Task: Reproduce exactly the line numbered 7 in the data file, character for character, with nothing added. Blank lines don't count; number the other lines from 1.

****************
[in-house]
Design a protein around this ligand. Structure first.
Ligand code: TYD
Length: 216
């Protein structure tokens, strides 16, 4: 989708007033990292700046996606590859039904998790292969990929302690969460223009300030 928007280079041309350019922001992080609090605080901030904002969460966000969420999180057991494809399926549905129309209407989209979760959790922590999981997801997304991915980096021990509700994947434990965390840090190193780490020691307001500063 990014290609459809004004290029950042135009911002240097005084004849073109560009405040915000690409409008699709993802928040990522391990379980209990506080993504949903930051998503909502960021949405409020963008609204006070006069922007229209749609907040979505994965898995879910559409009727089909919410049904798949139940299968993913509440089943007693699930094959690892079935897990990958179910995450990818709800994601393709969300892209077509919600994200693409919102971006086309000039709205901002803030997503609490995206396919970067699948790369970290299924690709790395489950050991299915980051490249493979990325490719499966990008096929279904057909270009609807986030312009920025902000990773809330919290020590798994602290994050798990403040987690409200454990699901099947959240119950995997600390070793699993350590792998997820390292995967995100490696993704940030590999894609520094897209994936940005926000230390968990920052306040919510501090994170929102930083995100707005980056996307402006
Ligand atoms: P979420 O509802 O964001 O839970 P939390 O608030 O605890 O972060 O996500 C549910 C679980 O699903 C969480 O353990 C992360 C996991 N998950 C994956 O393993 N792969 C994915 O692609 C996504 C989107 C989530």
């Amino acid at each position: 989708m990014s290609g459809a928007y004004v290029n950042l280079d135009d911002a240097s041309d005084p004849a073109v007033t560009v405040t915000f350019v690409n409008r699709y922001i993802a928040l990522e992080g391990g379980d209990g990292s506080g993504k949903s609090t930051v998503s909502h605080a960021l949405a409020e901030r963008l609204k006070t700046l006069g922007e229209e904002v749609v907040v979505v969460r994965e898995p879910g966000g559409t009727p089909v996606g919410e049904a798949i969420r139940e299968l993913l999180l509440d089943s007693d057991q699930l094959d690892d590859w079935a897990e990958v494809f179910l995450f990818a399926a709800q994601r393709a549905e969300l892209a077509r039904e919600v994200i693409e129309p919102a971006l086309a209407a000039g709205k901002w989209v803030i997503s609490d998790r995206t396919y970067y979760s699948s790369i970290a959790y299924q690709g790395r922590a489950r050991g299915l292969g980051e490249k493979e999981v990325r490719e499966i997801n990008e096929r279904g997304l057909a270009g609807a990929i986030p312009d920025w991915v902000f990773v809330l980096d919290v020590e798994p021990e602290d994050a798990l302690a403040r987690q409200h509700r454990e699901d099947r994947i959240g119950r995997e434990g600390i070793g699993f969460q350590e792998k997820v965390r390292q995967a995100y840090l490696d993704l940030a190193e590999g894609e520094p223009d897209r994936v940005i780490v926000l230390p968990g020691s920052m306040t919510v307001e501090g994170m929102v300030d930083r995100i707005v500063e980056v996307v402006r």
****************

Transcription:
């Amino acid at each position: 989708m990014s290609g459809a928007y004004v290029n950042l280079d135009d911002a240097s041309d005084p004849a073109v007033t560009v405040t915000f350019v690409n409008r699709y922001i993802a928040l990522e992080g391990g379980d209990g990292s506080g993504k949903s609090t930051v998503s909502h605080a960021l949405a409020e901030r963008l609204k006070t700046l006069g922007e229209e904002v749609v907040v979505v969460r994965e898995p879910g966000g559409t009727p089909v996606g919410e049904a798949i969420r139940e299968l993913l999180l509440d089943s007693d057991q699930l094959d690892d590859w079935a897990e990958v494809f179910l995450f990818a399926a709800q994601r393709a549905e969300l892209a077509r039904e919600v994200i693409e129309p919102a971006l086309a209407a000039g709205k901002w989209v803030i997503s609490d998790r995206t396919y970067y979760s699948s790369i970290a959790y299924q690709g790395r922590a489950r050991g299915l292969g980051e490249k493979e999981v990325r490719e499966i997801n990008e096929r279904g997304l057909a270009g609807a990929i986030p312009d920025w991915v902000f990773v809330l980096d919290v020590e798994p021990e602290d994050a798990l302690a403040r987690q409200h509700r454990e699901d099947r994947i959240g119950r995997e434990g600390i070793g699993f969460q350590e792998k997820v965390r390292q995967a995100y840090l490696d993704l940030a190193e590999g894609e520094p223009d897209r994936v940005i780490v926000l230390p968990g020691s920052m306040t919510v307001e501090g994170m929102v300030d930083r995100i707005v500063e980056v996307v402006r």